Suppose there is a some system where rows in a database are filled when something happens:
- when user simply logs in, a row is inserted to the database with type of login and time in table
- when operator make a call to the user, a row with operator id, user id and date insertted in database in table
- when operator does not answer to user call, a row with date, user id, and type call inserted into the database
Then after some time period is over, say month, we need a report on who called to who, how many calls were not answered, etc. What pattern should be used to organize this functionality?
At first glance this process seems like logging a lot, but logging is a process when we store a message with some format (date-processId-messageWithPlaceHolders). So using logging system for that is not very suitable.
From another point of view it looks like event processing, but it is not necessary to do any actions when "event" happens, no listeners, no queues. Just storing to database for further reporting.
So what pattern or technique should be used to implement this functionality effectively?
Your requirement is to to generate a who-called-who report monthly so that you can, e.g., understand the success of your calls (or whatever reason you have).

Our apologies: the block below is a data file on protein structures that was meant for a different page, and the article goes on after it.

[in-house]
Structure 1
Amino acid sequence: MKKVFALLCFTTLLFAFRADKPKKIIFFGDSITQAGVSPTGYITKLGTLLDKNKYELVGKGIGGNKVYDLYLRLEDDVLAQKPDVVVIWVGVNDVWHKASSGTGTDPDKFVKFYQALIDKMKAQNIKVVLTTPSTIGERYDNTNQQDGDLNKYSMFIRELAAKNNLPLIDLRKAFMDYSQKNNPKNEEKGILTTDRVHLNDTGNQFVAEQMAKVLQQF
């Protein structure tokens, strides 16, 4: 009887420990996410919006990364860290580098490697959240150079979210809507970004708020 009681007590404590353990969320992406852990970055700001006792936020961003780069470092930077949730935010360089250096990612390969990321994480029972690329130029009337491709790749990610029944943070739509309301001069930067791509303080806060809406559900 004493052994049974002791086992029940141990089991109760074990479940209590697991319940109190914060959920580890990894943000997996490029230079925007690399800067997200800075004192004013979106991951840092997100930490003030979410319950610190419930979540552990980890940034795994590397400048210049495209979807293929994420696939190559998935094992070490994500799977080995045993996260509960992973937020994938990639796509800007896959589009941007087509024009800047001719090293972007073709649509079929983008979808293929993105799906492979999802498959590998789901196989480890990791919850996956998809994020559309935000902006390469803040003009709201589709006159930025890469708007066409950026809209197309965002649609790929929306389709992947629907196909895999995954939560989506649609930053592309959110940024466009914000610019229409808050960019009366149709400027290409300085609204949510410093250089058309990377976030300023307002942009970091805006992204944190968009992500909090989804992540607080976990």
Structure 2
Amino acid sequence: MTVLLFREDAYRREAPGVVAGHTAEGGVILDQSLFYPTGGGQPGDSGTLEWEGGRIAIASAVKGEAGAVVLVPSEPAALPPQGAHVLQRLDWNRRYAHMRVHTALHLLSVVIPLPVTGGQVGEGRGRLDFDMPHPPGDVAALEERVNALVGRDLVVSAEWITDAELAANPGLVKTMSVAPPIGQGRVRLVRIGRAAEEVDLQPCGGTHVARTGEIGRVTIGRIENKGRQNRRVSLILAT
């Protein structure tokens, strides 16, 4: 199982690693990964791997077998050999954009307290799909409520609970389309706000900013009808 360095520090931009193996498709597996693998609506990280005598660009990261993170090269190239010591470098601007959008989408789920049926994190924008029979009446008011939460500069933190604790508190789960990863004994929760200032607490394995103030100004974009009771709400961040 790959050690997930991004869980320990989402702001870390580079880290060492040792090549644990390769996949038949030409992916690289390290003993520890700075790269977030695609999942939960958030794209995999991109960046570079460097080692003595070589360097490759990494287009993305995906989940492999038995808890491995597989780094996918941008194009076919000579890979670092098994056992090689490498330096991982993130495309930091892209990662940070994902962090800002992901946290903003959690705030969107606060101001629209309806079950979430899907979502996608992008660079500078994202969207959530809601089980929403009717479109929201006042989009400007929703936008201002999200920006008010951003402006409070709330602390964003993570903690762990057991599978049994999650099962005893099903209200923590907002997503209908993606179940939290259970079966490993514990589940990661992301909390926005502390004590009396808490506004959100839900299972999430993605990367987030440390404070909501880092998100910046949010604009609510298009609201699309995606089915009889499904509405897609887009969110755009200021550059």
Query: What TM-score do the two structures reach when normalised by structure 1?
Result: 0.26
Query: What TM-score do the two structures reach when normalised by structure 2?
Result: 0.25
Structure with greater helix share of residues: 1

You don't need to think about resemblance to logging or event processing or anything. Just analyze the problem from top down to get the least amount of work you need to accomplish your task:
- You need to generate a report monthly
- For this you need to run a job which generates result at least once a month
- For this you need to store your events in a format that can be understood by your job.
So a good solution is to have a batch job run monthly. This can be a manually run java process, a cron job, a hadoop task, ... depends on your technology stack. Your events need to be stored at the time their happen. Again, depending on your stack, it can be a relational database, a key value store, a file with log lines..., whatever is the easiest to work with in your technology stack.
All of these options can be good ones, but some are probably better. E.g., I recommend against using pure string logging. You need to extract structured attributes like time, numbers, etc. so prefer a format which helps you keep type safety.